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Wednesday, December 8, 2021

During the heated Moreno Valley meeting, 1 member was removed, 1 took oath

When I arrived at the Moreno Valley Council Chambers on Thursday, the first speaker was approaching the lecturer. Roy Bleckert begins angrily to City Council: “Will you please stop making our town a circus spectacle?”

The meeting came alive from there. To quote Bette Davis’ gleeful threat in “All About Eve”: “Tighten your seatbelts, it’s going to be a bumpy night.”

In case you haven’t been working since October 19th, MoVal leaders are basically tossing banana peels in their way and sliding down the sidewalk, arms flapping.

That is the day, when the five-seat council was temporarily reduced to three members due to the death, two members of the council decided to ram through an appointment on the fly.

Ulysses Cabrera and David Márquez made their move in the absence of Mayor Yuxtián Gutierrez, appointing Ladonna Jampson on a 2–0 vote to replace Victoria Bacca, who died on 6 October.

All that was said on the agenda was the direction the council would move forward, interim City Attorney Steve Quintanilla reminded him.

“And my direction at this time to the town clerk is to appoint. And we can do that tonight,” Marquez said. Jampson was sworn in on the spot.

It’s been raining hell since then. The mayor walked out of the October 27 meeting. Pressure mounted to cancel the October 19 proceedings, including a lawsuit. Then the Riverside County DA sought to rescind the “illegal action” within 30 days.

I attended Thursday’s special meeting to witness the magic myself.

Speakers lambasted Carbrera and Marquez with disdain and told Jumpson that he should resign.

“Resignation. Get out there. Before nobody voted for you and now nobody voted for you,” said Elena Santa Cruz, referring to the 2020 election, in which Baca defeated Jampson 2-to-1 “Everything has been embarrassing since that night you sat in the parking lot waiting for them to call you in.”

In the front line was Ed Delgado. He won a November 2 special election to fill a council seat that had been vacant since the death of Carla Thornton in January, and will have a full term of office until November 2022. The election results were certified earlier on Thursday.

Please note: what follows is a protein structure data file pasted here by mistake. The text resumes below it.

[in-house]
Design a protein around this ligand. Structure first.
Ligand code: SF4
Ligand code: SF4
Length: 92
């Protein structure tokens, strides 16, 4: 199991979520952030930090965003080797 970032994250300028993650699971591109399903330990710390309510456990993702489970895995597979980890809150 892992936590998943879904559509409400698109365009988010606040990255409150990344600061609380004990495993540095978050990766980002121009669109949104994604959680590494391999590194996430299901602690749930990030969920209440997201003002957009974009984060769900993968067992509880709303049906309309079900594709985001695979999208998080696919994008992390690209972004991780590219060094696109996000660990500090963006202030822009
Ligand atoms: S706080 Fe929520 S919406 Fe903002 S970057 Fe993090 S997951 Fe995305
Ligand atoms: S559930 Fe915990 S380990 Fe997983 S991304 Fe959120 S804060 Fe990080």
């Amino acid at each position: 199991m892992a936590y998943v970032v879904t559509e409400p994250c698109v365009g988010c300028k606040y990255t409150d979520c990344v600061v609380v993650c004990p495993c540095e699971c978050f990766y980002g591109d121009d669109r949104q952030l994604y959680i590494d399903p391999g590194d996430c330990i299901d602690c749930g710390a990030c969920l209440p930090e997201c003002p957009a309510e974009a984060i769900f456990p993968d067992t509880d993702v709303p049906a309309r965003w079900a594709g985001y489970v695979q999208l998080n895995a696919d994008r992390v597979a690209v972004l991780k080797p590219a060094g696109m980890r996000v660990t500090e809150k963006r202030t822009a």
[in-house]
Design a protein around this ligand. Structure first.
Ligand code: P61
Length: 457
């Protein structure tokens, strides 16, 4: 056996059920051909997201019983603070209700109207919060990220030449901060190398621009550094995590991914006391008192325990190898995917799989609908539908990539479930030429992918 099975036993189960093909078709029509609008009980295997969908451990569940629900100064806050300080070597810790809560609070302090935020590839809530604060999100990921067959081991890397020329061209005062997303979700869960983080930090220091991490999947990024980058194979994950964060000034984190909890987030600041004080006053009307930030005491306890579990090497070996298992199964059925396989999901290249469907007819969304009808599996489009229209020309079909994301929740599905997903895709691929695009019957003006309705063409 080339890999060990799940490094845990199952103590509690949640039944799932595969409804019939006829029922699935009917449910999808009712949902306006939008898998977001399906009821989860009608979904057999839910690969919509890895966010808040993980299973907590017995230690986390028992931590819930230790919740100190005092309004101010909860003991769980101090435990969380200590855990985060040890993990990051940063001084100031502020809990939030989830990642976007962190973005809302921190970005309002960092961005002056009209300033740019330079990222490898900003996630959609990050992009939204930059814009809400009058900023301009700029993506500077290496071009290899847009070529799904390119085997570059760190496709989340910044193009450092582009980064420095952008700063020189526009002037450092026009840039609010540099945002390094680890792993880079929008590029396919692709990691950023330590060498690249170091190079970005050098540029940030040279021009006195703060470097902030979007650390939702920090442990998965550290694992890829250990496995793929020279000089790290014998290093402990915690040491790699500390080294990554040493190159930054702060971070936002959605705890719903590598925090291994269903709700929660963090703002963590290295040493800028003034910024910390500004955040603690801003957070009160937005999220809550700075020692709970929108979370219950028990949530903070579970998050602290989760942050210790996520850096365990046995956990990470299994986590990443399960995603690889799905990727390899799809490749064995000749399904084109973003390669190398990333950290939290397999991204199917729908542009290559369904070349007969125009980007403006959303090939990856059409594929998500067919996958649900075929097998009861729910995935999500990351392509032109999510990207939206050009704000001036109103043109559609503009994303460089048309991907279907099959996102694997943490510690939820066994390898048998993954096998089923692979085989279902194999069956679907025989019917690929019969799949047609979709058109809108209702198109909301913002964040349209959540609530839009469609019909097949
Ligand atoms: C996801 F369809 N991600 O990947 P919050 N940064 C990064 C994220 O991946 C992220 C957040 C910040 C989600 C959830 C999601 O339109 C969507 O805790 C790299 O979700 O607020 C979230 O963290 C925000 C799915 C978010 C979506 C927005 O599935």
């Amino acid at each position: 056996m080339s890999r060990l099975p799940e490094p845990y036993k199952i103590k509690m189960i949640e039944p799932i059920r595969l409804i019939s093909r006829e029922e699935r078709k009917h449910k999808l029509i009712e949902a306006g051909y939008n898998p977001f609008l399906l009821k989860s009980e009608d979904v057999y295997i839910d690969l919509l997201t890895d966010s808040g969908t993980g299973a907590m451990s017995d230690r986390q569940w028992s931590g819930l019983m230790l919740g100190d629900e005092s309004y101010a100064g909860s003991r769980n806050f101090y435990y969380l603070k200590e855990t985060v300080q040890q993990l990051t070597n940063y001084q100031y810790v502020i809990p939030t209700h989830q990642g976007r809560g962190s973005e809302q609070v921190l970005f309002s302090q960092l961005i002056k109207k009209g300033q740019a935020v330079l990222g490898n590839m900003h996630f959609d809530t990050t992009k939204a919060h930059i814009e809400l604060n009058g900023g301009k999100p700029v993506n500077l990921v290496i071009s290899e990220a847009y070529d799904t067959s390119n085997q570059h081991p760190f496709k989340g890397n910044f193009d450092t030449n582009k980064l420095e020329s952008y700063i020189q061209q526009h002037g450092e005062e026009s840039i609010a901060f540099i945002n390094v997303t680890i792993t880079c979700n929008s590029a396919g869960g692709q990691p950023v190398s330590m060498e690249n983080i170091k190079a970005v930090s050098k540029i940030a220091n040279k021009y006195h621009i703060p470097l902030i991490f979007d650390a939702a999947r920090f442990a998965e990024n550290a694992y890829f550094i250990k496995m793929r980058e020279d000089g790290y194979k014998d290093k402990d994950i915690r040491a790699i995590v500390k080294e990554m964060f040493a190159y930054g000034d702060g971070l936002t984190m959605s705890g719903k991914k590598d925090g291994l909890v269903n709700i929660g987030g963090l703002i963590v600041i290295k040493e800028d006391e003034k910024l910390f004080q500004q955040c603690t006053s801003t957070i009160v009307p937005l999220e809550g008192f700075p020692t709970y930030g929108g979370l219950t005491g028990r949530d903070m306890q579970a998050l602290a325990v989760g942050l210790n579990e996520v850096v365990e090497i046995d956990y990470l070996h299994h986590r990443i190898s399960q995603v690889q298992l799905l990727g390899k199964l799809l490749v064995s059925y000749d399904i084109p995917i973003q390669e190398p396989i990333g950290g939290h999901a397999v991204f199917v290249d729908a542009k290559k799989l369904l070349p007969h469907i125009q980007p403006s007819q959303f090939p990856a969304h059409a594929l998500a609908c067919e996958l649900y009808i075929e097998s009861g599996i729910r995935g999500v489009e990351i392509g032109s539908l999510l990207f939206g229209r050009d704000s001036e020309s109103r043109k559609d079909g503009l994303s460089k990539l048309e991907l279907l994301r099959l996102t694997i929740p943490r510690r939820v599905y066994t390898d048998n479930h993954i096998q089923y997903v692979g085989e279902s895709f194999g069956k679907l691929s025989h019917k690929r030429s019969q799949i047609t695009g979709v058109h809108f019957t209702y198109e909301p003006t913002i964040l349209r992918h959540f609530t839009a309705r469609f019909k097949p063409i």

After the open session, a closed session was scheduled for the personnel issue: Quintanilla’s assessment was followed by “discipline/dismissal/release.”

Instead of giving Delgado the seat immediately, Cabrera said the council should hold off until the next meeting, and proceed to the now closed session, before taking on the Jampson case.

Conveniently, it would likely result in three votes – Cabrera, Jampson and Marquez – to fire Quintanilla.

From the audience “Snakes!” and “False!”

Ed Delgado took the oath of office from city clerk Pat Jacques-Nares at a Moreno Valley City Council meeting on Thursday. Delgado won a special election on Tuesday. (Photo by David Allen, Inland Valley Daily Bulletin/SCNG)

Mayor Gutierrez said it was his understanding that Delgado had already been sworn in privately by the city clerk. Delgado got up, got a standing ovation, proceeded to take the public oath, and sat down on stage.

After this, the action of 19 October was reconsidered. Jampson had to leave the stage because he was directly involved in the matter.

Cabrera agreed that the council needed to undo the action. But he asked whether it was necessary to do so immediately, or even within 30 days. “Say we go for 40 days. Won’t any court consider this matter controversial?” He asked.

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Quintanilla said the city, and perhaps individual council members, would still be on the hook.

You can’t help but think that Cabrera wants to retain his council majority for as long as possible, although his explanation was that he would have a systematic process that would involve the appointment of Jampson’s replacement.

Marquez, an elected official in the city of 215,000, seemed to be putting the whole thing on hold.

“So what if the Brown Act was violated?” Marquez said. “We are not all legal minded people here. Let the process go. Let’s look at the appointments.”

He casually stated that he had seen “a lot of criminal acts” by colleagues during his time on the council. (I guess if this is your attitude, what is another?)

Delgado moved to cancel the October 19 action, and was passed 4–0.

Quintanilla declared that the vote had “formally removed Ladonna Jampson from city council,” which may have seemed self-evident.

“Why are you telling us after this?” Marquez demanded. Cabrera asked if it was possible to reconsider the vote. Told it would require a majority, he dropped it.

Jampson, who had said only two days earlier, “I’ll need court to get me out,” did not return to the room.

This murmur gave the speakers more fodder to work on before the council went into closed session to debate the fate of Quintanilla.

“What you just saw are council members who don’t know what they’re doing,” Donovan Sadiq said. “We’re on public access TV and people in IE’s second largest city can say, ‘These guys representing us are complete idiots.'”

“This guy told you it was a violation of the Brown Act,” Sadiq continued. “And now you wanna fire dude.”

The council – Cabrera, Delgado, Gutierrez, Marquez – was up for exactly an hour. When they came down and resumed their position, Gutierrez formally asked Quintanilla, “Any reportable action?”

Quintanilla replied with a good humour: “I am pleased to announce that no reportable action was taken in the closed session.”

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